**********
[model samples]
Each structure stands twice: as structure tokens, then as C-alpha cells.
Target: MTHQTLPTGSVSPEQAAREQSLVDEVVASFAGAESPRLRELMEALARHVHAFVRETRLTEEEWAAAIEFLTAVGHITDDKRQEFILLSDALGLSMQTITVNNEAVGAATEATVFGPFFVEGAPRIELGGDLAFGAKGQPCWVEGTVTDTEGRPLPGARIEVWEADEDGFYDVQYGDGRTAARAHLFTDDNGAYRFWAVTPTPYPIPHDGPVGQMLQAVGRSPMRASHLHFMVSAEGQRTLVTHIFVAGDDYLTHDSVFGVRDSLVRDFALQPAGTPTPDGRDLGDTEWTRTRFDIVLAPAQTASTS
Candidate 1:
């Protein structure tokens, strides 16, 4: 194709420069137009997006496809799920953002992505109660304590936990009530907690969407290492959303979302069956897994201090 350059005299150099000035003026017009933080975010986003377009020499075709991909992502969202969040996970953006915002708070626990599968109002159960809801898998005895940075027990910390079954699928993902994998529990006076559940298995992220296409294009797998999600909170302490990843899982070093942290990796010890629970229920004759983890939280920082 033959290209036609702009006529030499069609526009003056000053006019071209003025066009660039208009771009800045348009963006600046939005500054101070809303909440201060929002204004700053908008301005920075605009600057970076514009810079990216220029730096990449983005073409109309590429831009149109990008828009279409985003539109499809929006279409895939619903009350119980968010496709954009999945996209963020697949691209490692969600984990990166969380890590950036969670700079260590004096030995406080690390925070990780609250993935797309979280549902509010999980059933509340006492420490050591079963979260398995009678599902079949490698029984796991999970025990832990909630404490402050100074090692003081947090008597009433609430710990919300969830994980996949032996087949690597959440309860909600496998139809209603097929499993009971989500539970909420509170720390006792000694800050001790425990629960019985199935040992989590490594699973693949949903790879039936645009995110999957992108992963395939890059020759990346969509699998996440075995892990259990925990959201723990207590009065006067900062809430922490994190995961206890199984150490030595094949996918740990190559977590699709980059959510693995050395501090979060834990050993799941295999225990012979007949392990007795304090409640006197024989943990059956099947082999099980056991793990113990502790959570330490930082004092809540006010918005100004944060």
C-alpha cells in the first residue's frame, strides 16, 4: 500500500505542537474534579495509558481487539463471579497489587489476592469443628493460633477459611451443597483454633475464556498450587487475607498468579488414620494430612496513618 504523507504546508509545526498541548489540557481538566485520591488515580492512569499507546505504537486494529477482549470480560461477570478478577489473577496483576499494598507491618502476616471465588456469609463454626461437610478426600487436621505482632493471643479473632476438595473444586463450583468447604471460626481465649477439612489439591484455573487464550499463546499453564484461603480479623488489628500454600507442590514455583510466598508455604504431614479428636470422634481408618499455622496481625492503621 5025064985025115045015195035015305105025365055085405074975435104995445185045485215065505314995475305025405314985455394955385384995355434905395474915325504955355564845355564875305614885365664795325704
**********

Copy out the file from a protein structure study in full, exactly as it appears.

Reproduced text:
[model samples]
Each structure stands twice: as structure tokens, then as C-alpha cells.
Target: MTHQTLPTGSVSPEQAAREQSLVDEVVASFAGAESPRLRELMEALARHVHAFVRETRLTEEEWAAAIEFLTAVGHITDDKRQEFILLSDALGLSMQTITVNNEAVGAATEATVFGPFFVEGAPRIELGGDLAFGAKGQPCWVEGTVTDTEGRPLPGARIEVWEADEDGFYDVQYGDGRTAARAHLFTDDNGAYRFWAVTPTPYPIPHDGPVGQMLQAVGRSPMRASHLHFMVSAEGQRTLVTHIFVAGDDYLTHDSVFGVRDSLVRDFALQPAGTPTPDGRDLGDTEWTRTRFDIVLAPAQTASTS
Candidate 1:
């Protein structure tokens, strides 16, 4: 194709420069137009997006496809799920953002992505109660304590936990009530907690969407290492959303979302069956897994201090 350059005299150099000035003026017009933080975010986003377009020499075709991909992502969202969040996970953006915002708070626990599968109002159960809801898998005895940075027990910390079954699928993902994998529990006076559940298995992220296409294009797998999600909170302490990843899982070093942290990796010890629970229920004759983890939280920082 033959290209036609702009006529030499069609526009003056000053006019071209003025066009660039208009771009800045348009963006600046939005500054101070809303909440201060929002204004700053908008301005920075605009600057970076514009810079990216220029730096990449983005073409109309590429831009149109990008828009279409985003539109499809929006279409895939619903009350119980968010496709954009999945996209963020697949691209490692969600984990990166969380890590950036969670700079260590004096030995406080690390925070990780609250993935797309979280549902509010999980059933509340006492420490050591079963979260398995009678599902079949490698029984796991999970025990832990909630404490402050100074090692003081947090008597009433609430710990919300969830994980996949032996087949690597959440309860909600496998139809209603097929499993009971989500539970909420509170720390006792000694800050001790425990629960019985199935040992989590490594699973693949949903790879039936645009995110999957992108992963395939890059020759990346969509699998996440075995892990259990925990959201723990207590009065006067900062809430922490994190995961206890199984150490030595094949996918740990190559977590699709980059959510693995050395501090979060834990050993799941295999225990012979007949392990007795304090409640006197024989943990059956099947082999099980056991793990113990502790959570330490930082004092809540006010918005100004944060």
C-alpha cells in the first residue's frame, strides 16, 4: 500500500505542537474534579495509558481487539463471579497489587489476592469443628493460633477459611451443597483454633475464556498450587487475607498468579488414620494430612496513618 504523507504546508509545526498541548489540557481538566485520591488515580492512569499507546505504537486494529477482549470480560461477570478478577489473577496483576499494598507491618502476616471465588456469609463454626461437610478426600487436621505482632493471643479473632476438595473444586463450583468447604471460626481465649477439612489439591484455573487464550499463546499453564484461603480479623488489628500454600507442590514455583510466598508455604504431614479428636470422634481408618499455622496481625492503621 5025064985025115045015195035015305105025365055085405074975435104995445185045485215065505314995475305025405314985455394955385384995355434905395474915325504955355564845355564875305614885365664795325704